Reporting without borders – workshop for winners Age Category 16 – 19

Cristina, Claudine and Lucyna

Cristina, Claudine and Lucyna

Cristina Chiorescu, (Romania); Claudine Coatanéa,  (France); Lucyna Nocoń-Kobiór (Poland) took great delight in presenting their winning project ‘Reporting without borders’
This project  engaged the pupils in the collaborative writing of a European magazine making them aware of the fact that such project is a preparation  for today modern blended-learning studies they are to start when they leave school – especially final year pupils.

For Cristina this project was essentially an after school  activitiy while both Claudine and Lucyna integrated their work into their language classes. You can listen to what happened at workshop by clicking the workshop_recording.

Their Power Point Presentation may be viewed here:

Effective schoolteams

The workshop about effective schoolteams was presented by Peter Clarke, an Irish psychologist.  He gave us practical advice about effective teamwork.  We also had the chance to exchange a lot of personal experiences.

During the whole workshop we worked on activities in small teams.

What are the difficulties we experience working in teams?

During the whole conference we hear clearly the same issues coming back:

  • The extra time obstacle
  • The motivation and interest of teachers
  • Technical difficulties
  • Fear of the language
  • Support of the schoolboard

We concluded that both the bottom-up strategy as well as the top-down strategy can be useful to integrate eTwinning in the school.  A lot of enthousiastic students and teachers can influence the headmaster and schoolboard to support eTwinning (bottom-up).  But support and a bit pushing from the headmaster are very welcome to influence the schoolteam (top-down).

Successsful teams

To work with a successfull team we have to keep some things in mind.  Peter Clarke gave us a shortlist.

Also social-emotional issues have an influence on us working in a team:

  1. We need to belong to a team
  2. We need to know that we belong to a team
  3. We need to have a common aim for the group we join
  4. We need to have power and autonomy
There is a dynamic interactions between these four things.

Sharing experience

We had a lot of help from each other talking about things that are going wrong in our project teams.  We exchanged some useful tips and solutions.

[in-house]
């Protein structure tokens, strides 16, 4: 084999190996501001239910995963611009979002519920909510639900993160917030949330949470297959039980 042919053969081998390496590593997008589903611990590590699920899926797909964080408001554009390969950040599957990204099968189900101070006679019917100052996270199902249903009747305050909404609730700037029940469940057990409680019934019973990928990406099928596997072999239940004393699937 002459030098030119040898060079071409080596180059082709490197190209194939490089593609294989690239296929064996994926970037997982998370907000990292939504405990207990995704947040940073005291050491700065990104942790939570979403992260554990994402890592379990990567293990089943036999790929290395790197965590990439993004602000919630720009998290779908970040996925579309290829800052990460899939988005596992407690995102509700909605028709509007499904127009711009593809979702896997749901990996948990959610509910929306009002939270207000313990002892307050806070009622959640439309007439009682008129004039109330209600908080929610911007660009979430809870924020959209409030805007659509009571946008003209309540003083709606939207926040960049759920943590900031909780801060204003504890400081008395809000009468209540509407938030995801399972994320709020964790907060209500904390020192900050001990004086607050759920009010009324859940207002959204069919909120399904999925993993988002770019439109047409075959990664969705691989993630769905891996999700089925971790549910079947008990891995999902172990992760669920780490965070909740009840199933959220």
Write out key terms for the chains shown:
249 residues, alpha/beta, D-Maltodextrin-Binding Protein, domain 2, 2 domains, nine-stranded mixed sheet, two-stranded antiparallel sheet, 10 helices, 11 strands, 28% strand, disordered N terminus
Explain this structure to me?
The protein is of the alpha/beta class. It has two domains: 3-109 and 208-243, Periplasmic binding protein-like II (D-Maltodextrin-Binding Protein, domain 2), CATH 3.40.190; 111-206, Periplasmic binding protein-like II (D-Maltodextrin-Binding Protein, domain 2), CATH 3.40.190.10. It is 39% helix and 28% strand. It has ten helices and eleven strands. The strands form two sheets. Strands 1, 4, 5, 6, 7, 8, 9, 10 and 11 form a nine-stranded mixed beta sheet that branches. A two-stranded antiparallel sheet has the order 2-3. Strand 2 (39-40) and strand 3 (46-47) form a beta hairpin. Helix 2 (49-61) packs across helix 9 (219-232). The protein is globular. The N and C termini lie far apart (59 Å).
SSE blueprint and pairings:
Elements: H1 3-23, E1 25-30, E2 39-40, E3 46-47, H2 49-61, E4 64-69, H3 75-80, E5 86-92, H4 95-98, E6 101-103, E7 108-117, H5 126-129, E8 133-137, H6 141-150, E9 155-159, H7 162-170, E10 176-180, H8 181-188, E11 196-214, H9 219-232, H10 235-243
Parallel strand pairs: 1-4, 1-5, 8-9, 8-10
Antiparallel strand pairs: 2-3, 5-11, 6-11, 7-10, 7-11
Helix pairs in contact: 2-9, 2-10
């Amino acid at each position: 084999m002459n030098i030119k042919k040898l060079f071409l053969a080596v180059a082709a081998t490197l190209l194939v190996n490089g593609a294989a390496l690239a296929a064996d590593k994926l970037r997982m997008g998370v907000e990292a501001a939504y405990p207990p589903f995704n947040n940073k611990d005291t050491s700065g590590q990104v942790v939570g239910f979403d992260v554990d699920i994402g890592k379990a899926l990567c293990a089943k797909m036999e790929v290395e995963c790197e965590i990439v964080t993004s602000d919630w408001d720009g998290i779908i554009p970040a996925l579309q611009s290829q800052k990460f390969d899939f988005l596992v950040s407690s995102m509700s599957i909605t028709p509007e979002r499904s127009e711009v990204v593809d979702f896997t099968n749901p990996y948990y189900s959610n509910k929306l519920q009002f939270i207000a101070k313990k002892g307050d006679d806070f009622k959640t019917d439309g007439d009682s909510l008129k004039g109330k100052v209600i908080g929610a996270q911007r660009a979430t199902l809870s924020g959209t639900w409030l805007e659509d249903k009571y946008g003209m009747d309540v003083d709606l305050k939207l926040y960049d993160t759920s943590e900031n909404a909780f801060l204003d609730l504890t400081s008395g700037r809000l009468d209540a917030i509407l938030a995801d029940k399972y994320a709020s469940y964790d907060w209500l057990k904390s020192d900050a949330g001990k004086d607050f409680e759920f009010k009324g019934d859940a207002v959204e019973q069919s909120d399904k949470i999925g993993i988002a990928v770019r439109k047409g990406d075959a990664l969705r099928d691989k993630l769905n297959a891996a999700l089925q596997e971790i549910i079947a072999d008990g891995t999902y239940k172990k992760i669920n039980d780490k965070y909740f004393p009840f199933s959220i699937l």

Important quotes I take home from this workshop:

  • Teachers are not managable, but that’s a good thing!
  • Influence is about the passion of the topic.
  • Key golden rule: Honouring the end time!

Embedding eTwinning in a school. Case study on forming an eTwinning team in school

The workshop – on the conference theme of School Teams – was presented by Bart Verswijvel, a teacher of Flemish in a technical and vocational school in Flanders  and a member of the Belgian Flemish Nss.

“Like the chess board flying into the room in the legend of King Arthur´s knights of the round table”, an opportunity to find out more about eTwinning, presented itself years years ago at Immaculata Instituut. Bart and a colleague attended the first workshop and as they returned to the school they started a project together with a third teacher. The next year the three eTwinners got a few more teachers involved. Since that first workshop in 2006, the school has had more than 40 eTwinning projects. How did they do this, and what tips are there to be shared with eTwinners, who want to embed eTwinning in their school?

“There´s a role to play for every teacher”
An important point Bart Verswijvel made, is that not all teachers have to be initiators or leaders when it comes to eTwinning. There are roles for everyone; the role of the initiator, the role of the teacher partner (a teacher who participates in a project with an initiator) the freelance teacher (the teacher who might not even be registered but who contributes to a project through the content of his/her teaching), the interactive public (teachers and students you tell about eTwinning, who according to Verswijvel are important spreaders) and the head teacher.